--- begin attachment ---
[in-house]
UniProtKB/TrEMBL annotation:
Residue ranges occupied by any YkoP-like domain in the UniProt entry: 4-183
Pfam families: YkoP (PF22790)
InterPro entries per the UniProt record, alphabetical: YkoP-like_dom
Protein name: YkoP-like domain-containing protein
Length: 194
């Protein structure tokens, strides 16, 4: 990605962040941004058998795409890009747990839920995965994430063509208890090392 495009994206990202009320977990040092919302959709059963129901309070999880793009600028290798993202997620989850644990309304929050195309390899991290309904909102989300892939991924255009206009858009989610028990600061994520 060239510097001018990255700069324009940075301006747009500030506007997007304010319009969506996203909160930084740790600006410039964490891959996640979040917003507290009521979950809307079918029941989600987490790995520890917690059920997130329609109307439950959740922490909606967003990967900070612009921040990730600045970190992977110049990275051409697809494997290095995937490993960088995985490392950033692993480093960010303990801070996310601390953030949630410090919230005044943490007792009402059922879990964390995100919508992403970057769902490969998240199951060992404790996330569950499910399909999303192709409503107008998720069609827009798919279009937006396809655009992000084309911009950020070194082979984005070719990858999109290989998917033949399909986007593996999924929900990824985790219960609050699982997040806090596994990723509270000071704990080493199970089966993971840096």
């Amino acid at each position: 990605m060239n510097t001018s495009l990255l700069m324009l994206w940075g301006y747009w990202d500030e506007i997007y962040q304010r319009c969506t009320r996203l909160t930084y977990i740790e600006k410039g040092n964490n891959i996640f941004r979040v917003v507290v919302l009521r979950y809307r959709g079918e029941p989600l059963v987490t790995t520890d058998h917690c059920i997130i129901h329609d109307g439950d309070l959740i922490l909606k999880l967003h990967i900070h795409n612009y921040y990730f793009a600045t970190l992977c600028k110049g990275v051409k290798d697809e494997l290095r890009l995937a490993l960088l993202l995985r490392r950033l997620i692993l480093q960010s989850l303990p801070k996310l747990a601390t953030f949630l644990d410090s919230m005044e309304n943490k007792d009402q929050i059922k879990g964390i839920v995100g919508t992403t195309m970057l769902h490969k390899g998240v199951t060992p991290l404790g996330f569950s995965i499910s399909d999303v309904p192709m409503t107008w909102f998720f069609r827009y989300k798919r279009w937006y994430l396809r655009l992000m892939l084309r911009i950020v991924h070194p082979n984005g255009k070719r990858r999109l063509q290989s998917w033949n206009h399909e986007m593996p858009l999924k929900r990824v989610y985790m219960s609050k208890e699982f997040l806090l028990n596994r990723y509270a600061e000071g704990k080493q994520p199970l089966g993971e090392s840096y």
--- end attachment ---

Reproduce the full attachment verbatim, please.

[in-house]
UniProtKB/TrEMBL annotation:
Residue ranges occupied by any YkoP-like domain in the UniProt entry: 4-183
Pfam families: YkoP (PF22790)
InterPro entries per the UniProt record, alphabetical: YkoP-like_dom
Protein name: YkoP-like domain-containing protein
Length: 194
């Protein structure tokens, strides 16, 4: 990605962040941004058998795409890009747990839920995965994430063509208890090392 495009994206990202009320977990040092919302959709059963129901309070999880793009600028290798993202997620989850644990309304929050195309390899991290309904909102989300892939991924255009206009858009989610028990600061994520 060239510097001018990255700069324009940075301006747009500030506007997007304010319009969506996203909160930084740790600006410039964490891959996640979040917003507290009521979950809307079918029941989600987490790995520890917690059920997130329609109307439950959740922490909606967003990967900070612009921040990730600045970190992977110049990275051409697809494997290095995937490993960088995985490392950033692993480093960010303990801070996310601390953030949630410090919230005044943490007792009402059922879990964390995100919508992403970057769902490969998240199951060992404790996330569950499910399909999303192709409503107008998720069609827009798919279009937006396809655009992000084309911009950020070194082979984005070719990858999109290989998917033949399909986007593996999924929900990824985790219960609050699982997040806090596994990723509270000071704990080493199970089966993971840096």
């Amino acid at each position: 990605m060239n510097t001018s495009l990255l700069m324009l994206w940075g301006y747009w990202d500030e506007i997007y962040q304010r319009c969506t009320r996203l909160t930084y977990i740790e600006k410039g040092n964490n891959i996640f941004r979040v917003v507290v919302l009521r979950y809307r959709g079918e029941p989600l059963v987490t790995t520890d058998h917690c059920i997130i129901h329609d109307g439950d309070l959740i922490l909606k999880l967003h990967i900070h795409n612009y921040y990730f793009a600045t970190l992977c600028k110049g990275v051409k290798d697809e494997l290095r890009l995937a490993l960088l993202l995985r490392r950033l997620i692993l480093q960010s989850l303990p801070k996310l747990a601390t953030f949630l644990d410090s919230m005044e309304n943490k007792d009402q929050i059922k879990g964390i839920v995100g919508t992403t195309m970057l769902h490969k390899g998240v199951t060992p991290l404790g996330f569950s995965i499910s399909d999303v309904p192709m409503t107008w909102f998720f069609r827009y989300k798919r279009w937006y994430l396809r655009l992000m892939l084309r911009i950020v991924h070194p082979n984005g255009k070719r990858r999109l063509q290989s998917w033949n206009h399909e986007m593996p858009l999924k929900r990824v989610y985790m219960s609050k208890e699982f997040l806090l028990n596994r990723y509270a600061e000071g704990k080493q994520p199970l089966g993971e090392s840096y």